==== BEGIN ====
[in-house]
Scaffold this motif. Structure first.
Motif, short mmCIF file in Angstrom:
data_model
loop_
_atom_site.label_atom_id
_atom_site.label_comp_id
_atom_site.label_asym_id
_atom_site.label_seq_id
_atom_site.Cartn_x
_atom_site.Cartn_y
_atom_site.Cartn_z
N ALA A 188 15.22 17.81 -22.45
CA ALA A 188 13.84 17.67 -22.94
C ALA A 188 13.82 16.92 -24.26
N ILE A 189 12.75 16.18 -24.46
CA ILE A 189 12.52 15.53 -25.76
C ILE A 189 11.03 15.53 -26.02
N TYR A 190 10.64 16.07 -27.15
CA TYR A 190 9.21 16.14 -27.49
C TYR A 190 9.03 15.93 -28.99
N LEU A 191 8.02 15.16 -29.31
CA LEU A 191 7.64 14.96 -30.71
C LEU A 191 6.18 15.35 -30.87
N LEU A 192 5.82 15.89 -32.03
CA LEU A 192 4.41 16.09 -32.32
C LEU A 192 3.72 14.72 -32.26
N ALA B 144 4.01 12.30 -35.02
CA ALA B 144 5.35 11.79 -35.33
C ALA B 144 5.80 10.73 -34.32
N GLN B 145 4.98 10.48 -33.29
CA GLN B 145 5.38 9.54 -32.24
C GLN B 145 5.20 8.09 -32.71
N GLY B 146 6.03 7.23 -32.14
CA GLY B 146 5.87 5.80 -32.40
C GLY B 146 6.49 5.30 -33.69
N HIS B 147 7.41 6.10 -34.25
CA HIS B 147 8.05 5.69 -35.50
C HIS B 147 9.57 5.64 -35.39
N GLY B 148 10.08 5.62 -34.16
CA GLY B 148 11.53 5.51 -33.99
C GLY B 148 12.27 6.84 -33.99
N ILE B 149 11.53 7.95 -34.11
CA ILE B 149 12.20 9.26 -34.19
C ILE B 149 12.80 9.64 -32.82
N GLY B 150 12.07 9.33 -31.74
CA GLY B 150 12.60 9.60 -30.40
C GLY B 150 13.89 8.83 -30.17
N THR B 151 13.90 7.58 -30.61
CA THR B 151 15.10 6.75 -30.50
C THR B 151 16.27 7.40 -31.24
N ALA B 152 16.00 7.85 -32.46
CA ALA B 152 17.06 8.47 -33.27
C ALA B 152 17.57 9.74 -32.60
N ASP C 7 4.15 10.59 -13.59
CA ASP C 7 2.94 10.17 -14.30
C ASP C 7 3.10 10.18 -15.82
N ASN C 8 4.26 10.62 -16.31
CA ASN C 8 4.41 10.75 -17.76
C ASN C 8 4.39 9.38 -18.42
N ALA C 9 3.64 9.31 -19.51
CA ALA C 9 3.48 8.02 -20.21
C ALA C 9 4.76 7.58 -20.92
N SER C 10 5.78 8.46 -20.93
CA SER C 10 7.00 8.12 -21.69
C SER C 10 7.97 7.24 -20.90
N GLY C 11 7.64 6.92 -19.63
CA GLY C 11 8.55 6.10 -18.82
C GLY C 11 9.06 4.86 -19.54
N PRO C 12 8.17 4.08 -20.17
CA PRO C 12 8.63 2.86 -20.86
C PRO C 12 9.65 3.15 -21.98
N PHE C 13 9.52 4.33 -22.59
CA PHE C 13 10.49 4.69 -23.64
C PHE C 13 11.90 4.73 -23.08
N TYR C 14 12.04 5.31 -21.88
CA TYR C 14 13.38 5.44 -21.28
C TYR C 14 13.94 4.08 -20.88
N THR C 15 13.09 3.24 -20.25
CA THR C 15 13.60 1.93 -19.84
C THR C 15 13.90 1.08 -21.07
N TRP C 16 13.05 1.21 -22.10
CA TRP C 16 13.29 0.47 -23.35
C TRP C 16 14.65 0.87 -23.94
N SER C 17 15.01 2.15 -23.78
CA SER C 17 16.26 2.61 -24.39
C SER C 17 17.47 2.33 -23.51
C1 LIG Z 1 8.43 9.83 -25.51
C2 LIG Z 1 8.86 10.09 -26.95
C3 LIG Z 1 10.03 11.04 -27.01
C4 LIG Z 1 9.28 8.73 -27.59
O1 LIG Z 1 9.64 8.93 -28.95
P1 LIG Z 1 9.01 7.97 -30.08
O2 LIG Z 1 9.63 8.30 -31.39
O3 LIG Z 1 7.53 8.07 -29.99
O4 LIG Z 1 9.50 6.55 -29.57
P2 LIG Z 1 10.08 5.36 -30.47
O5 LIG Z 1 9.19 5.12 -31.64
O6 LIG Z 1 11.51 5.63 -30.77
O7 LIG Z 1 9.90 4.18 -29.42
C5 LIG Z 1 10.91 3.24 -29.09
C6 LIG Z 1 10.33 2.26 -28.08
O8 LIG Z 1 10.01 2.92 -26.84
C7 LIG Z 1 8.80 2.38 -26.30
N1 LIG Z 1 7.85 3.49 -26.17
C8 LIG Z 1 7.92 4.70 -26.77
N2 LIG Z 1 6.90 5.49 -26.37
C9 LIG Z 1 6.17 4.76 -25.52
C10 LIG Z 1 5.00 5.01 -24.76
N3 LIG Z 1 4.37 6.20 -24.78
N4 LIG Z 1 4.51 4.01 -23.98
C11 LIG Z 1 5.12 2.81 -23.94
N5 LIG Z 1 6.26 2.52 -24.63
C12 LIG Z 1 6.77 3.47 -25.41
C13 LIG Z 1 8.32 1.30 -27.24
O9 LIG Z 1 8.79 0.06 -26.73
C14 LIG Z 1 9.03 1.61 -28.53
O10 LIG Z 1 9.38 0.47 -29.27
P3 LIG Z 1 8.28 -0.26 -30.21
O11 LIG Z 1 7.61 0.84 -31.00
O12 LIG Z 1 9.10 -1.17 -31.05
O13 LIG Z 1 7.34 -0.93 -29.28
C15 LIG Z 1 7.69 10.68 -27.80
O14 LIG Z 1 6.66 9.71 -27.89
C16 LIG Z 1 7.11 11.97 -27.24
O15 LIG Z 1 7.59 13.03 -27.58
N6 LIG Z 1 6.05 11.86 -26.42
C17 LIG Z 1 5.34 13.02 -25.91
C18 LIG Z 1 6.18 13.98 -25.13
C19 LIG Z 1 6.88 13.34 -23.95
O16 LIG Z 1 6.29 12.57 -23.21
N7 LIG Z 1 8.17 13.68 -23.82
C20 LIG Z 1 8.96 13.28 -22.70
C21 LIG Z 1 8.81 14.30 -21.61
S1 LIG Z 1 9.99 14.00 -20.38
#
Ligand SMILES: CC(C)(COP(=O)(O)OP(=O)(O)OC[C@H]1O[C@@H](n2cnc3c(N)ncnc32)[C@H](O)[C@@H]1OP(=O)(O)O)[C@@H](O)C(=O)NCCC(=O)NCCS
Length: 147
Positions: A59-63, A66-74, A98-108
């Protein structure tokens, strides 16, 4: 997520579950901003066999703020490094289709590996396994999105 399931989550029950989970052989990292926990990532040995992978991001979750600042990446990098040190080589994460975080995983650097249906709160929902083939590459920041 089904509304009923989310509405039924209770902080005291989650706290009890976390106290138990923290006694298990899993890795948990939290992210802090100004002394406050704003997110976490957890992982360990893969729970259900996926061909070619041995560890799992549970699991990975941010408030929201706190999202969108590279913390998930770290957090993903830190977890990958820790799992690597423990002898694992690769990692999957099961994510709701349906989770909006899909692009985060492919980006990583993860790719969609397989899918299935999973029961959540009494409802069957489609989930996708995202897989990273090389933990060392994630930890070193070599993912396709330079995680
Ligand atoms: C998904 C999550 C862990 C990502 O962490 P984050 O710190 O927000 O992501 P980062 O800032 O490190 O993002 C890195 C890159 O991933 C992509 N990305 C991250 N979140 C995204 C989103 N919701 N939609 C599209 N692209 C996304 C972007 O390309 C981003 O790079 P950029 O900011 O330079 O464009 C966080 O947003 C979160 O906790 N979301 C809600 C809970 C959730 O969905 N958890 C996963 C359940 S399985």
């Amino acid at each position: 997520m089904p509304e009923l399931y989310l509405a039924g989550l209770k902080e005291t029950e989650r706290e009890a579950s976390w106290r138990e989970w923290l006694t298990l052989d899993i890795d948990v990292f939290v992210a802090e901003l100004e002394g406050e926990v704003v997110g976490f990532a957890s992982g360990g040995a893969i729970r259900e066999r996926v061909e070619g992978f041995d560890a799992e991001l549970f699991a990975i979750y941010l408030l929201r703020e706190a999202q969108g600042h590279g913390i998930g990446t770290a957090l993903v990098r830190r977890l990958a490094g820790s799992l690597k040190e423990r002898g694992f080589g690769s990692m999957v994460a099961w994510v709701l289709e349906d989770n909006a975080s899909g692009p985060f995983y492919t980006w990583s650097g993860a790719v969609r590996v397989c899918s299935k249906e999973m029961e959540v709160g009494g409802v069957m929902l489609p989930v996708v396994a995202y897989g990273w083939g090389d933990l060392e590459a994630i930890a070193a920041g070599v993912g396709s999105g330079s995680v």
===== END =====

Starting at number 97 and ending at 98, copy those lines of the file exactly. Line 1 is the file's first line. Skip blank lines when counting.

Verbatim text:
P2 LIG Z 1 10.08 5.36 -30.47
O5 LIG Z 1 9.19 5.12 -31.64